Gold futures ended lower on Tuesday, with prices easing back from intraday highs near the key $1,800 mark and suffering their first loss in three sessions, just a day after marking their highest settlement since early August.
The precious metal entered the week with a spring in its step amid the “risk-off mood,” said Lukman Otunuga, senior research analyst at FXTM, in a market update. Gold prices rose 0.7% on Monday amid losses in the U.S. stock market. U.S. benchmark stock indexes also declined Tuesday after weaker-than-expected U.S. retail sales data for July.
A strong daily close for gold above $1,792 could “open the doors towards $1,800 and $1,830,” said Otunuga. However, should the $1,792 mark prove to be “reliable resistance,” a decline back towards $1,760 could be in the cards.
fell by $2, or 0.1%, to settle at $1,787.80 an ounce after trading as high as $1,797.60 during the session. On Monday, prices booked the loftiest finish since Aug. 5, FactSet data show.
meanwhile, ended lower, down 13 cents, or nearly 0.6%, at $23.66 an ounce.
Gold has enjoyed buying from uncertainty about the spread of the delta variant of the coronavirus and its impact on the economies of countries like China, one of the biggest purchasers of commodities, analysts said.
In the U.S., government data Tuesday revealed that Americans cut spending at retail stores in July, with retail sales down 1.1% or more than the 0.3% decline forecast by economists polled by The Wall Street Journal.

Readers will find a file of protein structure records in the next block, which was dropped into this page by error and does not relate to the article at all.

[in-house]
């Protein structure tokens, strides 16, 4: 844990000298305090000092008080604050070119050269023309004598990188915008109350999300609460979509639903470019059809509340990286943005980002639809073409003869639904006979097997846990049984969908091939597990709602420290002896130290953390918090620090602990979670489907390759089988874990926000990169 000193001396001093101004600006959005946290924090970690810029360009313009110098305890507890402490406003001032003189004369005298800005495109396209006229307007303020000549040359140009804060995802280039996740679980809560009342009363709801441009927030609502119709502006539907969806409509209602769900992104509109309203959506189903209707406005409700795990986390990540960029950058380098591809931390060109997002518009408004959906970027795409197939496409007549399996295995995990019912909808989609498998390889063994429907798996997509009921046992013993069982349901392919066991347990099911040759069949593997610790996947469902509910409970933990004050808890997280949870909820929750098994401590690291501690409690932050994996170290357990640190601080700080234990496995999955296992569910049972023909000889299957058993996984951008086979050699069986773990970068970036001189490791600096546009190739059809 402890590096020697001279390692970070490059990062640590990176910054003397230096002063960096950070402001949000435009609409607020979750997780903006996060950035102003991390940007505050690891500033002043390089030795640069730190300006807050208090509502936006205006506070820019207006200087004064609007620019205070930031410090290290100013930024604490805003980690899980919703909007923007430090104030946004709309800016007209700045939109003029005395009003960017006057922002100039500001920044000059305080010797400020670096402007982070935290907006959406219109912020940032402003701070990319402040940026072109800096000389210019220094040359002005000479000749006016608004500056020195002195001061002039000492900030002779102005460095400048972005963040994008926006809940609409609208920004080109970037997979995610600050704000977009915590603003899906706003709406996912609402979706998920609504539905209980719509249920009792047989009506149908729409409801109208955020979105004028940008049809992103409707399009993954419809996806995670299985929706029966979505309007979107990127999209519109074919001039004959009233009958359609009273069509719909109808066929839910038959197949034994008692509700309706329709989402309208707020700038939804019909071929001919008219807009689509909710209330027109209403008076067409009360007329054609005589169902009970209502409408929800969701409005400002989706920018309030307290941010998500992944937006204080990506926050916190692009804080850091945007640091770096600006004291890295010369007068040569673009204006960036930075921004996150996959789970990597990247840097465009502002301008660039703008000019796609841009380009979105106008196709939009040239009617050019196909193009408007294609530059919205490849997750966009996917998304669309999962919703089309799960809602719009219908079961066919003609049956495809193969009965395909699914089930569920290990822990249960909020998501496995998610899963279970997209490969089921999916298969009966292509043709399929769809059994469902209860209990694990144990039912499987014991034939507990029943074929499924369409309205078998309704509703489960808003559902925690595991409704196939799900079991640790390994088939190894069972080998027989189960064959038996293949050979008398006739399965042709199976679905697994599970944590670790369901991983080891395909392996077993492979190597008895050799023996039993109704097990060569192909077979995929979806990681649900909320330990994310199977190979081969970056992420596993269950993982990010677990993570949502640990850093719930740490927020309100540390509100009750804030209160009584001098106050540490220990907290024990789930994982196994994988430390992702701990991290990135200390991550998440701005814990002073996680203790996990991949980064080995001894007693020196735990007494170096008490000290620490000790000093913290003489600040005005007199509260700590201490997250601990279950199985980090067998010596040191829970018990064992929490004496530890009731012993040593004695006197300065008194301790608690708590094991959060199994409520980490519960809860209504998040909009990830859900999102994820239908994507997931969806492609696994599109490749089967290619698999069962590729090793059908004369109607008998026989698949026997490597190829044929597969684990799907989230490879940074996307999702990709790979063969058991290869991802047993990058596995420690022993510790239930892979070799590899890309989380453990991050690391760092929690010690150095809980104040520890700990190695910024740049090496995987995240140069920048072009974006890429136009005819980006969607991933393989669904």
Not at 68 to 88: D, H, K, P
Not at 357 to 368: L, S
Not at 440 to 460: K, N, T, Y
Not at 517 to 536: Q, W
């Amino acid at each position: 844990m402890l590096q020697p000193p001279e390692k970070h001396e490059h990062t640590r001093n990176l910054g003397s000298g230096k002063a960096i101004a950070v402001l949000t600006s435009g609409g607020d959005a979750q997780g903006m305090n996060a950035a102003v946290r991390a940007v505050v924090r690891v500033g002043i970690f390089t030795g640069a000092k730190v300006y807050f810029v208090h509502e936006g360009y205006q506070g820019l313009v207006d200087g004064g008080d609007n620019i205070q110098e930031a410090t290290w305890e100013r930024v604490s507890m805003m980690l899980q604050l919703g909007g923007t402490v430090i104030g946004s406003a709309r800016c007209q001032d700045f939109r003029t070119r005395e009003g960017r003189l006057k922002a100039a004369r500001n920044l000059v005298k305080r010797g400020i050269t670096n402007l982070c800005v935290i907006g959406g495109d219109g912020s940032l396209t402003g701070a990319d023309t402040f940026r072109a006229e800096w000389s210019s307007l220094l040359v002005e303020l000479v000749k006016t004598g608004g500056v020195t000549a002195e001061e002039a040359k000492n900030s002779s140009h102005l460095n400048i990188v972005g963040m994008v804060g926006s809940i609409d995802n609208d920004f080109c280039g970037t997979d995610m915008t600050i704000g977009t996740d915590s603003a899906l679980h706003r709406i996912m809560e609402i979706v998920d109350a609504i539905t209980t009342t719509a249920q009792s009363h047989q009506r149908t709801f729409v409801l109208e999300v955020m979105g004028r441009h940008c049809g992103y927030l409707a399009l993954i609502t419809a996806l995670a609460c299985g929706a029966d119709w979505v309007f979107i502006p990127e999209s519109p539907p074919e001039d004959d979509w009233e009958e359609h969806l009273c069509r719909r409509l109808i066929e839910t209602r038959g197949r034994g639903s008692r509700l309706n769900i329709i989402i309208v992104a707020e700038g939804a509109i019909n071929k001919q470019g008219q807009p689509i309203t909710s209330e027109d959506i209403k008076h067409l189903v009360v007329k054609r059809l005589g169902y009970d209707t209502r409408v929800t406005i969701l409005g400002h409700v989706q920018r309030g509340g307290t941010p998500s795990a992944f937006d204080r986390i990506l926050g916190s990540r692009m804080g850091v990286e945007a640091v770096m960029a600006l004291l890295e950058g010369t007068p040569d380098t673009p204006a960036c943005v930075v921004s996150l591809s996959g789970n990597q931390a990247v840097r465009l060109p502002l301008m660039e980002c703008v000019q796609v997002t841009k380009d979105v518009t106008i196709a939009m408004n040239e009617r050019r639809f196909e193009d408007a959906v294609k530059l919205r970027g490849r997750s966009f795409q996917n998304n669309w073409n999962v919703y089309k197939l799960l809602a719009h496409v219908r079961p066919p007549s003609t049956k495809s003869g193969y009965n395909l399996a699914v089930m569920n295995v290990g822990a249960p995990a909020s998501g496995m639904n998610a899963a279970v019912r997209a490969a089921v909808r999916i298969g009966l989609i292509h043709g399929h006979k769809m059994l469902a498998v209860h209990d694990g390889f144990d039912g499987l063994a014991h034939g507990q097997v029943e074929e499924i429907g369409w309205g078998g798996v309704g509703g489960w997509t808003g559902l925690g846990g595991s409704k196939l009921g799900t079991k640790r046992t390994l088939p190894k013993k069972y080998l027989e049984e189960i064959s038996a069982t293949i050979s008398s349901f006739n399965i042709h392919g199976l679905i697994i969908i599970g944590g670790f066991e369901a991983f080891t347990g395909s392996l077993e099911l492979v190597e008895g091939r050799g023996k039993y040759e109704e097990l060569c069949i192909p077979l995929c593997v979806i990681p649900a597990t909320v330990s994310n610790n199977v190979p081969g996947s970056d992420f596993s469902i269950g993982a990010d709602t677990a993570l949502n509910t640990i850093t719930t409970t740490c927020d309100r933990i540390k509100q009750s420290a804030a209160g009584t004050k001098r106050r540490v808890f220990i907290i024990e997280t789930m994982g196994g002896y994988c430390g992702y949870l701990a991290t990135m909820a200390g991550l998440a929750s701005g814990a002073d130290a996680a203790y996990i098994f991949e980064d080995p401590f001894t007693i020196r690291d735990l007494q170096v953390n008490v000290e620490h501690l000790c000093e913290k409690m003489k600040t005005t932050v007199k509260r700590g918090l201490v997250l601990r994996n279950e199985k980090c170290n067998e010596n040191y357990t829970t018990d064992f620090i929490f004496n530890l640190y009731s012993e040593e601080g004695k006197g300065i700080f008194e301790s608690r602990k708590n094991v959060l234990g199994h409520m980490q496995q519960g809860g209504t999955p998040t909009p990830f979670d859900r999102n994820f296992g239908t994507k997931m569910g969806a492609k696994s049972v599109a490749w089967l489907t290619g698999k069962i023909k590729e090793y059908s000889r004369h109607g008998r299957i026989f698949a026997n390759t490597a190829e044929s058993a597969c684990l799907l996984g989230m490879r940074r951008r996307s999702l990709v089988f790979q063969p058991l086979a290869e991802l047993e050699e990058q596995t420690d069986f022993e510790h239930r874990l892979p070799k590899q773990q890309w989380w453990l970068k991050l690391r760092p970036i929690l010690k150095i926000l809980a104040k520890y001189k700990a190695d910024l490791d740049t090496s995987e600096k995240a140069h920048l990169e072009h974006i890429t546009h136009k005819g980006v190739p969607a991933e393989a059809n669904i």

The reading on industrial production was more upbeat, up by a seasonally adjusted 0.9% in July, the Federal Reserve reported Tuesday.
Gold sold off early last week, following a report for July released on Aug. 6 from the Labor Department that showed that the U.S. created 943,000 jobs in July in a sign the economic jobs recovery gained steam and may result in the Federal Reserve tightening monetary policy.
“Sustained buying brought the price closer to $1800, almost recovering from a violent two-day selloff after a strong [nonfarm payrolls report],” wrote Alex Kuptsikevich, senior financial analyst at FxPro.
“Despite steady buying, downside risks still prevail in gold,” wrote the analyst.
“The bulls can only be serious after the price returns above $1800, where the long-term support and the 50-day moving average are located,” FxPro said.
Kuptsikevich says that an increase above that price might not only increase the current momentum, “but it could also bring back the long-term buyers in the precious metal after the 12-month correction from the historical peaks.”
Among other metals traded on Comex, September copper
shed 2.8% to $4.21 a pound.